Moreover, permanent changes to US social-insurance programmes would strengthen workers’ economic security. Higher pensions would help to avert the risk of tens of millions of financially fragile older workers flooding the labour market as they cash out their retirement accounts.

Employers should have easier ways to furlough rather than shed employees during sharp downturns, or to offer work-sharing arrangements, as the University of Massachusetts economist Arindrajit Dube argues. Finally, if full employment was the top policy priority, the government would become the employer of last resort. Laid-off bartenders could become disease contact tracers or teacher assistants, for example.

The US and other economies risk operating well below full employment in 2021, owing to lower spending by households, businesses, and governments. Policymakers should therefore use all levers to boost aggregate demand, sustain full employment, and redress the current power imbalance in the labour market. Four decades of pro-business tax policies, lax financial regulation, and anti-union bias mean that employers haven’t had to compete hard for workers. The erosion of pensions, low or negative growth in public-sector employment, and underinvestment in education have all helped to weaken the position of workers who otherwise would take risks to change jobs or press for improved compensation.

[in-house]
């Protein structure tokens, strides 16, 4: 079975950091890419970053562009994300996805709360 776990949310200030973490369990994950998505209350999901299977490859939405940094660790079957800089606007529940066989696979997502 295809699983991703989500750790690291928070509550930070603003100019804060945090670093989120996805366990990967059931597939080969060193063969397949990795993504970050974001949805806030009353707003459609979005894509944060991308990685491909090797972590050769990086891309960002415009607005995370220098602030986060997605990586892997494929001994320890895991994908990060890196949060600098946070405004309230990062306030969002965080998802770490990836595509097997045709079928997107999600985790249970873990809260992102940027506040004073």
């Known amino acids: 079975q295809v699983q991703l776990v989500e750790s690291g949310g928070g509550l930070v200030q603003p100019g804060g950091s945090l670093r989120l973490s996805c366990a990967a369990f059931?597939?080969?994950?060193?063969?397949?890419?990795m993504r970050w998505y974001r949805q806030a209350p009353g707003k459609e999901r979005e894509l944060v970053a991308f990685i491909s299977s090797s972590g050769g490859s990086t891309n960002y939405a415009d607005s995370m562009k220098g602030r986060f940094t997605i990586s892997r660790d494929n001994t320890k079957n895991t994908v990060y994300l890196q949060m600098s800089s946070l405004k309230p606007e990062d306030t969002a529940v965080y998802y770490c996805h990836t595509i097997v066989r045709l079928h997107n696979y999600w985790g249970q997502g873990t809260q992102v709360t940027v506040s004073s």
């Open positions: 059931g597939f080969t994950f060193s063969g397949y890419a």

But at least now labour and its interests are getting the attention they deserve. In contrast to the recession that followed the 2008 global financial crisis, the covid-19 downturn has elicited strong public support for workers. Perhaps, at long last, that sentiment will translate into concrete measures that benefit labour and apply a brake on corporate welfare.

To ensure a sustainable recovery from the current crisis, and to mitigate the economic fallout from the next one, policymakers everywhere must put workers first. ©2020/Project Syndicate (

Teresa Ghilarducci is professor of economics at The New School for Social Research.